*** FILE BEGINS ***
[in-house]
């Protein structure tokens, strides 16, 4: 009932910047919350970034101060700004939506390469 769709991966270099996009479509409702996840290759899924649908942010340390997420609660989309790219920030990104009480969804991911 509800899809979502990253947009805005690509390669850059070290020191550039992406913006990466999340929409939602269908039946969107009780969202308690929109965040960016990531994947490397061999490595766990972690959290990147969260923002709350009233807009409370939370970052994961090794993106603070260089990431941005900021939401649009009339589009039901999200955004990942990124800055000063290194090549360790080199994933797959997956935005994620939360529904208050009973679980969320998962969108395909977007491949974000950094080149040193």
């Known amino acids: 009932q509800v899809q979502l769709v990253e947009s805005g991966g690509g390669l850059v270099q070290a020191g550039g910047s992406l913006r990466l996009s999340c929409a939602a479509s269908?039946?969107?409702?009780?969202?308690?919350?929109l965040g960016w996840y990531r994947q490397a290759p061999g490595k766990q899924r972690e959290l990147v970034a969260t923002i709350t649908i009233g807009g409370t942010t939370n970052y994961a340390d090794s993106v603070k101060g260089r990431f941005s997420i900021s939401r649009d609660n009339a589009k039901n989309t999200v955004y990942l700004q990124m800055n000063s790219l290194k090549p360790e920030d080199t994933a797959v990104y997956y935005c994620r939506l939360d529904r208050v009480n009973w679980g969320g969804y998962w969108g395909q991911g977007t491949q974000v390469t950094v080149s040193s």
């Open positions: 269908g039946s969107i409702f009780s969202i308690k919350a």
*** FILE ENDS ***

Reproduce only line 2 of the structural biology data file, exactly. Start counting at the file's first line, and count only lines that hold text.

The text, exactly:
């Protein structure tokens, strides 16, 4: 009932910047919350970034101060700004939506390469 769709991966270099996009479509409702996840290759899924649908942010340390997420609660989309790219920030990104009480969804991911 509800899809979502990253947009805005690509390669850059070290020191550039992406913006990466999340929409939602269908039946969107009780969202308690929109965040960016990531994947490397061999490595766990972690959290990147969260923002709350009233807009409370939370970052994961090794993106603070260089990431941005900021939401649009009339589009039901999200955004990942990124800055000063290194090549360790080199994933797959997956935005994620939360529904208050009973679980969320998962969108395909977007491949974000950094080149040193």